I understand that the US is in a BOATLOAD of debt. As far as I know, it's been that way for a long, long time. The government keeps spending, on things like war and weapons, and we keep amassing an amount of debt that is a number that before not so long ago, was not even a practical number, where money is concerned. It doesn't take an economist (thank God, cuz I suck) to realize that we are in a poop of a lot of trouble.

It seems to me like there have always been other governments willing to buy our debt, because we were thought to be good for it. Now it seems, by way of your report, that it isn't the case any more.

My first problem: There are those on here that tell us everything is fine and that historically, we HAVE to see an improvement, because that's what history tells us. I struggle with that because never in history have we had such a huge debt as a nation, so how could historical precedents apply? I'm told in a nutshell that if I don't think the economy is going to improve, that I'm an idiot. I'm told that things like unemployment, foreclosures, inflation, those are all things that FOLLOW swings in the market, and that the market has improved, or slowed it's decline, so everything else should be getting better too.

We have our president and his cronies telling us things are looking better. We have others telling us that they can't find a job. They can't afford their mortgage, or rent, or utilities, let alone payments on THEIR debts. Whether or not they should BE in debt is not the issue, to me. Though it is very important and in my opinion our NATIONAL economy, represented millions of times in these defaults, it is hard to accept that the lifestyle encouraged in this nation for many, many years, was to accumulate debt.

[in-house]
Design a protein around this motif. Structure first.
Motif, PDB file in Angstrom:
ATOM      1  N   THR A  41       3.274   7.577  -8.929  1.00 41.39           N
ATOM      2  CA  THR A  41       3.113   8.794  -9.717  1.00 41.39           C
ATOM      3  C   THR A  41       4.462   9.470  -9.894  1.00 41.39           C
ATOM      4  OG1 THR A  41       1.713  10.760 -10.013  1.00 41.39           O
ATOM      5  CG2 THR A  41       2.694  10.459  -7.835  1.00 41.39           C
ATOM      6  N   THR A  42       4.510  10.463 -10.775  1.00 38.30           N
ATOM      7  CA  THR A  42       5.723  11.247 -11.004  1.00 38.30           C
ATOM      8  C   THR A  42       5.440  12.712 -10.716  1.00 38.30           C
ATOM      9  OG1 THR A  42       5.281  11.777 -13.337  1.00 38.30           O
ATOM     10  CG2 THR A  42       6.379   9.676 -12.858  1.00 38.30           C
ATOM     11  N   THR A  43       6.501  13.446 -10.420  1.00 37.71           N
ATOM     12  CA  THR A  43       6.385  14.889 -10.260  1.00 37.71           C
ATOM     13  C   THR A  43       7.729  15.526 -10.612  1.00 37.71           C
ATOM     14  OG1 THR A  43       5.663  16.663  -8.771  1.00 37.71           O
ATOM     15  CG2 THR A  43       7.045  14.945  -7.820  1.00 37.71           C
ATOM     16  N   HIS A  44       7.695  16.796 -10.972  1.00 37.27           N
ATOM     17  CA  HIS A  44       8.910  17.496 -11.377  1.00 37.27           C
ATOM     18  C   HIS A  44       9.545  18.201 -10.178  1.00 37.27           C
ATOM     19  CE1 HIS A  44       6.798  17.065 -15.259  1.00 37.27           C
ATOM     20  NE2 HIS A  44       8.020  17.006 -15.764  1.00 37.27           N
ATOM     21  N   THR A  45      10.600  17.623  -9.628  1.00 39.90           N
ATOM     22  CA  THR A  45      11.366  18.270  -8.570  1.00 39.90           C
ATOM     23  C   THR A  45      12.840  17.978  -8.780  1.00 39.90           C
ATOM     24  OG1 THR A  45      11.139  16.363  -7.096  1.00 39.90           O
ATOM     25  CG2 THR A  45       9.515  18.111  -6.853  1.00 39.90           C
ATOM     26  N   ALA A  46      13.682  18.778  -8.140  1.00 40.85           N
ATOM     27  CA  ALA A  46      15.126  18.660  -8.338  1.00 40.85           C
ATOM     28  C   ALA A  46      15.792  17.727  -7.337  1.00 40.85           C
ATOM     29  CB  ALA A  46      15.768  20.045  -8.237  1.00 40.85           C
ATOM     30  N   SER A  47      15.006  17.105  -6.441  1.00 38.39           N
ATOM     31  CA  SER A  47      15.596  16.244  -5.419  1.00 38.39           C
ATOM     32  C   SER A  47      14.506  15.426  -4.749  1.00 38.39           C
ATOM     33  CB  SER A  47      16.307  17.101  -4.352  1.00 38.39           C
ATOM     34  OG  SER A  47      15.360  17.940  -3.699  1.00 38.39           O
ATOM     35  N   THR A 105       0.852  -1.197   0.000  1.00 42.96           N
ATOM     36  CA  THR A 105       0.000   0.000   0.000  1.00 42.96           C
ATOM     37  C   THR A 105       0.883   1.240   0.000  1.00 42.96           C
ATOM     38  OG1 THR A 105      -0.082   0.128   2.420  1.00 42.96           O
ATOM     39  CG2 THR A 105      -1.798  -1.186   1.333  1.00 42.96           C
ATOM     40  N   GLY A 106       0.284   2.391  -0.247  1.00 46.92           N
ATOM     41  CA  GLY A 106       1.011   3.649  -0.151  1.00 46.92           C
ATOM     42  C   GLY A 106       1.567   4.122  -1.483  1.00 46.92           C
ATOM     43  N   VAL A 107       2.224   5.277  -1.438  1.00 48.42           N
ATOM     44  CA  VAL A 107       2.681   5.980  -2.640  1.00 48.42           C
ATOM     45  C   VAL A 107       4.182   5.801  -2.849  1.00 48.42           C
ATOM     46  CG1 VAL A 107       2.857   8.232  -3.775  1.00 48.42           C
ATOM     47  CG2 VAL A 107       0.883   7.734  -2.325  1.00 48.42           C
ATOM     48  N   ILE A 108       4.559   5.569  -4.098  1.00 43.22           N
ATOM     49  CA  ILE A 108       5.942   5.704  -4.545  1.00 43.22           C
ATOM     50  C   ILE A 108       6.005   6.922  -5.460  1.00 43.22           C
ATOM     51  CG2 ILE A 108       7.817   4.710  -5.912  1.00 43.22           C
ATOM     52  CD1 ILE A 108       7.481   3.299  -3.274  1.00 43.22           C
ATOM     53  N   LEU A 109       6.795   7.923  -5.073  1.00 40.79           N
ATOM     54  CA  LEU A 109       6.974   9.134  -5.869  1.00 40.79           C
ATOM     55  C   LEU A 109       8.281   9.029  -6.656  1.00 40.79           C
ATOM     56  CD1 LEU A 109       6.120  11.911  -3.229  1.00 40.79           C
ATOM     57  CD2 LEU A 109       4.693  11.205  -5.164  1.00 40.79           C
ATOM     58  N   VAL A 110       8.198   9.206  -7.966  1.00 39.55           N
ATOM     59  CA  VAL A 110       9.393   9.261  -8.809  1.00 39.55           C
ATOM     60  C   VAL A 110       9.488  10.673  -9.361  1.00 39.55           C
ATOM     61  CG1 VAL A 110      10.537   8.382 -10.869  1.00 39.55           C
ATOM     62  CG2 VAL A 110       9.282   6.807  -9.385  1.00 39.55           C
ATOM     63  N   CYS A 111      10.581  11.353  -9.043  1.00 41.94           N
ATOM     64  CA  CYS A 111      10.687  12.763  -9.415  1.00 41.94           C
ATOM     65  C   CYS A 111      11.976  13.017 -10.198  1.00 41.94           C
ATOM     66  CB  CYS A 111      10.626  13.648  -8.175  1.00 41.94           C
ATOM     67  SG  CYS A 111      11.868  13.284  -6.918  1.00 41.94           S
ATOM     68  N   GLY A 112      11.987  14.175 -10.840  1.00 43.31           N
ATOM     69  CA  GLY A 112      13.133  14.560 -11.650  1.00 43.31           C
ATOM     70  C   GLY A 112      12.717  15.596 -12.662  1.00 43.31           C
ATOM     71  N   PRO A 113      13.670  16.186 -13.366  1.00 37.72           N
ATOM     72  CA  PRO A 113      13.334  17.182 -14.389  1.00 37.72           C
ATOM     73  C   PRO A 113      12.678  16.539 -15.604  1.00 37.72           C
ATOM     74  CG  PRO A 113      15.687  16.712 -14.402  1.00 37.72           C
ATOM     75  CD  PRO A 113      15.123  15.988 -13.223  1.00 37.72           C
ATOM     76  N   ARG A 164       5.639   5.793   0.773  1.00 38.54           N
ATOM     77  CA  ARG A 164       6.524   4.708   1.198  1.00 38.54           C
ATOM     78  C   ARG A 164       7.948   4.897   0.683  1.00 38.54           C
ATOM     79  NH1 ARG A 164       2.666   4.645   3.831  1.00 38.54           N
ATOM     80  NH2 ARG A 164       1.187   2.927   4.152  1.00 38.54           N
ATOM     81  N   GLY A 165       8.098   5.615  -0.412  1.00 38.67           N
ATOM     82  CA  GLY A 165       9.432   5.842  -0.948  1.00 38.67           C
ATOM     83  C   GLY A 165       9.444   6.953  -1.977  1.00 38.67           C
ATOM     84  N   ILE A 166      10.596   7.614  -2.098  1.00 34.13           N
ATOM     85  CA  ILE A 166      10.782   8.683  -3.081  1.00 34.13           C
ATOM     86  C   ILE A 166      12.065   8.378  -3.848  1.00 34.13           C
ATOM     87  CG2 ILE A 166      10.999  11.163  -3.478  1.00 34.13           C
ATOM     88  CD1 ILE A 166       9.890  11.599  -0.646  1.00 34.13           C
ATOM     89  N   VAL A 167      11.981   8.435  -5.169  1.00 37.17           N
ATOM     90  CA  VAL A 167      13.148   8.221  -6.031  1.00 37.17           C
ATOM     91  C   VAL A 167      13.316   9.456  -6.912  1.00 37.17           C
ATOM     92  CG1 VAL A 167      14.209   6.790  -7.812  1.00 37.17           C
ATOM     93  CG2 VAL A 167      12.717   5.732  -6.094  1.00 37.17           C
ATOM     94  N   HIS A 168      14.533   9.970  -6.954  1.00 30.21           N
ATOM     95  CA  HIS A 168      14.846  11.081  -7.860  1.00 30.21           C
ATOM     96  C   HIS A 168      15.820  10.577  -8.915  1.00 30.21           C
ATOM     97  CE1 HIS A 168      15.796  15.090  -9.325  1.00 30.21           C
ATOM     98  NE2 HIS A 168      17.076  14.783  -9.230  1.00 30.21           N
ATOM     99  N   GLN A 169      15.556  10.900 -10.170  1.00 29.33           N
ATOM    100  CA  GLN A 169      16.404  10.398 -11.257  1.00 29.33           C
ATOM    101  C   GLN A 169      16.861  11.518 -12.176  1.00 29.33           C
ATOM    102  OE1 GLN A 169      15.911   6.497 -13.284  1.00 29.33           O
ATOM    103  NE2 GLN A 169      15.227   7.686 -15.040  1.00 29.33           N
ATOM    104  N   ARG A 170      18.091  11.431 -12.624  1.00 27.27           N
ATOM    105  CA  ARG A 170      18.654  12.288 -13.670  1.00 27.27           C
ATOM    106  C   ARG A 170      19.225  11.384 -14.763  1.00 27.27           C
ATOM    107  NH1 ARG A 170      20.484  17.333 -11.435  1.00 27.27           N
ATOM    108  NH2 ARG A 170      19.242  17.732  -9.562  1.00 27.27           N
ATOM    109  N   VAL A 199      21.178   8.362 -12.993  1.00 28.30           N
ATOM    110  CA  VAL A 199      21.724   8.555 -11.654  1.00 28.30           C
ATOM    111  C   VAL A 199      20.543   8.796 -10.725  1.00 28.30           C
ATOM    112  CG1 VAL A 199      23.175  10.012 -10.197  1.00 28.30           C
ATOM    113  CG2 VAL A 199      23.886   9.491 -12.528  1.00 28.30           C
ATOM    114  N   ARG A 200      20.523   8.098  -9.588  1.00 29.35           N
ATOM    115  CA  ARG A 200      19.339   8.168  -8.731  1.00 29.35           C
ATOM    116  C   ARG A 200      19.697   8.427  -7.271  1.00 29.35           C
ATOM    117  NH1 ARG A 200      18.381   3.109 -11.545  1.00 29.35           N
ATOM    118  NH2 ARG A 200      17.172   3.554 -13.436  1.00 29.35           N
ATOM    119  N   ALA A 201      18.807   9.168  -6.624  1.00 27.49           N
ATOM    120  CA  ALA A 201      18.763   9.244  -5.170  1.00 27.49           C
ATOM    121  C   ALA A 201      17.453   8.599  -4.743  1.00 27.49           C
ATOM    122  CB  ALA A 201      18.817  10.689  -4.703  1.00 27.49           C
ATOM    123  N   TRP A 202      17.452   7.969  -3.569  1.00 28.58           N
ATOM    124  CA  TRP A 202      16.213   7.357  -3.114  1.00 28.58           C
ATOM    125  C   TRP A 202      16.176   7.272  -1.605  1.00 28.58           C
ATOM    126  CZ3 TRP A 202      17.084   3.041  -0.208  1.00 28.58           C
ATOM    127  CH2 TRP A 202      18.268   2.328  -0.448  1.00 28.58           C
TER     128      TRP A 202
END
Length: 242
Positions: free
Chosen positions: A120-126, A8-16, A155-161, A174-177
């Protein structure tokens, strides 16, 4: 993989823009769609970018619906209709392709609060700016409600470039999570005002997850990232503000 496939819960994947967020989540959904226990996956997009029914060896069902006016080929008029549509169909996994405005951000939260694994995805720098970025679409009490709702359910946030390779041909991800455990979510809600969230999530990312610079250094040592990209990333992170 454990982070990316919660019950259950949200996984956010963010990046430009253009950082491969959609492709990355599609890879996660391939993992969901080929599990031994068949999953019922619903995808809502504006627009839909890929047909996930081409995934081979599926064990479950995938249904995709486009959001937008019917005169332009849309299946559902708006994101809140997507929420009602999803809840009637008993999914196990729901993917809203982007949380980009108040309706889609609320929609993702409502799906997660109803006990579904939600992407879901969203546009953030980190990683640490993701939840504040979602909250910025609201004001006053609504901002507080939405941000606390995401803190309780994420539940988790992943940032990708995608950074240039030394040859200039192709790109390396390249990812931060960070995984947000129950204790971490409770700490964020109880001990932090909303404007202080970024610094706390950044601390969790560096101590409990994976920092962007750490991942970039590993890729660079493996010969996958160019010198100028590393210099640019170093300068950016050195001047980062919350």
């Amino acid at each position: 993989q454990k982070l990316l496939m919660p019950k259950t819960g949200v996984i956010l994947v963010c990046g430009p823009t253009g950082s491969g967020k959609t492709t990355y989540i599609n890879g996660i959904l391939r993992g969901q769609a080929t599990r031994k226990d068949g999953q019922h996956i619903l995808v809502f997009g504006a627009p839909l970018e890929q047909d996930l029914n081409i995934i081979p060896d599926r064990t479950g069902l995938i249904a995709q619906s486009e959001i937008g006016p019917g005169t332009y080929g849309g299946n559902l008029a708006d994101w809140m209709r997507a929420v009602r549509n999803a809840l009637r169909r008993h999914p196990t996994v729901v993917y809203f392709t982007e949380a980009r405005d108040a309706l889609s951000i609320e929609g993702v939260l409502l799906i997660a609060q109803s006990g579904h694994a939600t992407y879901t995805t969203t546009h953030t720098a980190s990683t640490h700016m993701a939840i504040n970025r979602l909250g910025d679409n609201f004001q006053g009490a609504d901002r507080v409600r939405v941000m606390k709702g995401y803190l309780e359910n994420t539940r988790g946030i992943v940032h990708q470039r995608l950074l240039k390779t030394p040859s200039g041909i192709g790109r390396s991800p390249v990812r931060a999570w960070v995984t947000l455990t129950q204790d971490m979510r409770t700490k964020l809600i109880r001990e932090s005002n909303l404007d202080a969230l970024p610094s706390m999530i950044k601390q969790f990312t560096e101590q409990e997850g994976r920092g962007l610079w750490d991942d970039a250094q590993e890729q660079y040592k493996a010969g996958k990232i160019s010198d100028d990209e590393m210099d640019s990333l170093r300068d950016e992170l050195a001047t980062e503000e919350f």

So now, here we are. A small percentage of our population positioned to ride out what could be a complete disaster, and the vast majority of everyone else, set to wait in soup lines for a meal.

My second problem: Again, I appreciate your effort in bringing this to our consciousness. What are our options? What are we supposed to do? Do you have any recommendations for those of us that don't have a large nest egg? What should we be doing, just to be sure we are as safe as we can be for our family?

I know it won't be long and there will be some people chiming in that are convinced that this is nothing to worry about. I prefer to be prepared for the worst, but hope for the best. Hope does not feed my children. Hope does not keep a roof over my head. If I had a couple grand in the bank, what should I be doing with it? Will it be worth half of what t is in a few months? What are your gut feelings about what the average person, or someone on here should be doing?

I hate being ignorant, but the volume of information required for me to make an informed decision is staggering and disheartening. I don't KNOW economics, which is probably why I'm in the boat that I am, but I think I'm a fairly good person and I don't want my children to suffer. What is the line between paranoia and preparation on this one?

Thanks for all your time, Q.

[edit on 2-8-2009 by KSPigpen]

posted on Aug, 2 2009 @ 04:49 PM
reply to post by Zerbst

Actually, don't expect metals to be flying up any time soon - now there are more shorts against it - More than Ever!!

The desperation has begun - BUT if you look at EFT's they are declining because the info that the paper gold doesn't have all the physical gold to back it up. Those are falling.

Here are the graphs of Shorts against commodities - Notice anything OBVIOUS???!!

Here is the Bank - Shorts Graph

posted on Aug, 2 2009 @ 04:58 PM
Most excellent analysis OP

I was wondering how the Dollar would start its freefall...

Thanks for answering that question...


posted on Aug, 2 2009 @ 05:12 PM